Vaishnavism book cover
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Vaishnava (वैष्णव, vaiṣṇava) or vaishnavism (vaiṣṇavism) represents a tradition of Hinduism worshipping Vishnu as the supreme Lord. Similar to the Shaktism and Shaivism traditions, Vaishnavism also developed as an individual movement, famous for its exposition of the dashavatara (‘ten avatars of Vishnu’).

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Pancaratra (worship of Nārāyaṇa)

Source: Wisdom Library: Pāñcarātra

Brahmāstra (ब्रह्मास्त्र) [=brahmāstrādimantrasvarūpam] refers to one of the topics dealt with in the thirty-fourth chapter of the Ahirbudhnyasaṃhitā: an ancient Pāñcarātra Āgama scripture dealing with the symbology of the Sudarśana weapon while also dealing with iconography, philosophy and Vaiṣṇava rituals.

Pancaratra book cover
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Pancaratra (पाञ्चरात्र, pāñcarātra) represents a tradition of Hinduism where Narayana is revered and worshipped. Closeley related to Vaishnavism, the Pancaratra literature includes various Agamas and tantras incorporating many Vaishnava philosophies.

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General definition (in Hinduism)

[«previous next»] — Brahmastra in Hinduism glossary
Source: WikiPedia: Hinduism

Brahmāstra (ब्रह्‍मास्‍त्र): A divine weapon, irresistible, one given (=created) by Lord Brahma himself.

It is sometimes known as the Brahma Astra (Astra means 'weapon'). As described in a number of the Puranas, it was considered the deadliest weapon. It was said that when the Brahmastra was discharged, there was neither a counter attack nor a defense that could stop it, except by Brahmadanda, a stick also created by Brahma. The Brahmastra never missed its mark and had to be used with very specific intent against an individual enemy or army, as the target would face complete annihilation.

Languages of India and abroad

Marathi-English dictionary

[«previous next»] — Brahmastra in Marathi glossary
Source: DDSA: The Molesworth Marathi and English Dictionary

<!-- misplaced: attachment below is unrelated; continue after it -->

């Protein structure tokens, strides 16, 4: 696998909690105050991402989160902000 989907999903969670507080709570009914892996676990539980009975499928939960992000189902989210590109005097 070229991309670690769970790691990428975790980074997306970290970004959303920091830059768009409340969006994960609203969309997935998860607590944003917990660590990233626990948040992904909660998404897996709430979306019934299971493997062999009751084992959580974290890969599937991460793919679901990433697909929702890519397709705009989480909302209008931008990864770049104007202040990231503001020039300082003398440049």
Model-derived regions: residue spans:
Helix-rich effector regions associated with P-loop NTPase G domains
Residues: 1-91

brahmāstra (ब्रह्मास्त्र).—n (S) Weapon of Brahma, an arrow, a straw, or anything charmed and endowed by the recitation over it of a mantra. Ex. narakēṃ bra0 sōḍilēṃ jāṇa || tēṃhī giḷilēṃ avalīḷā ||. 2 The curse or imprecation of a Brahman.

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Marathi is an Indo-European language having over 70 million native speakers people in (predominantly) Maharashtra India. Marathi, like many other Indo-Aryan languages, evolved from early forms of Prakrit, which itself is a subset of Sanskrit, one of the most ancient languages of the world.

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Sanskrit dictionary

[«previous next»] — Brahmastra in Sanskrit glossary
Source: DDSA: The practical Sanskrit-English dictionary

Brahmāstra (ब्रह्मास्त्र).—a missile presided over by Brahman.

Derivable forms: brahmāstram (ब्रह्मास्त्रम्).

Brahmāstra is a Sanskrit compound consisting of the terms brahman and astra (अस्त्र).

Source: Cologne Digital Sanskrit Dictionaries: Shabda-Sagara Sanskrit-English Dictionary

Brahmāstra (ब्रह्मास्त्र).—n.

(-straṃ) The Brahma'S weapon, a fabulous weapon originally from Brahma. 2. The imprecation of a Brahman. E. brahma and astra a weapon.

Source: Cologne Digital Sanskrit Dictionaries: Cappeller Sanskrit-English Dictionary

Brahmāstra (ब्रह्मास्त्र).—[neuter] Brahman's weapon (myth.).

Source: Cologne Digital Sanskrit Dictionaries: Monier-Williams Sanskrit-English Dictionary

1) Brahmāstra (ब्रह्मास्त्र):—[from brahma > brahman] n. ‘Brahmā’s missile’, Name of a mythical weapon (which deals infallible destruction), [Mahābhārata; Rāmāyaṇa; Kathāsaritsāgara]

2) [v.s. ...] of a [particular] kind of incantation, [Catalogue(s)] (cf. [Indian Wisdom, by Sir M. Monier-Williams 402, 1])

Source: Cologne Digital Sanskrit Dictionaries: Yates Sanskrit-English Dictionary

Brahmāstra (ब्रह्मास्त्र):—[brahmā+stra] (straṃ) 1. n. Brahmā's weapon; a brāhman’s curse or imprecation.

[Sanskrit to German]

Brahmastra in German

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Sanskrit, also spelled संस्कृतम् (saṃskṛtam), is an ancient language of India commonly seen as the grandmother of the Indo-European language family (even English!). Closely allied with Prakrit and Pali, Sanskrit is more exhaustive in both grammar and terms and has the most extensive collection of literature in the world, greatly surpassing its sister-languages Greek and Latin.

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Hindi dictionary

[«previous next»] — Brahmastra in Hindi glossary
Source: DDSA: A practical Hindi-English dictionary

Brahmāstra (ब्रह्मास्त्र):—(nm) In ancient Indian warfare, a missile said to be set in motion by divine force; an unfailing weapon.

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Kannada-English dictionary

[«previous next»] — Brahmastra in Kannada glossary
Source: Alar: Kannada-English corpus

Brahmāstra (ಬ್ರಹ್ಮಾಸ್ತ್ರ):—

1) [noun] a mythical, infalliable weapon, of which Brahma is the presiding deity.

2) [noun] (fig.) an infalliable means or stratagem.

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Kannada is a Dravidian language (as opposed to the Indo-European language family) mainly spoken in the southwestern region of India.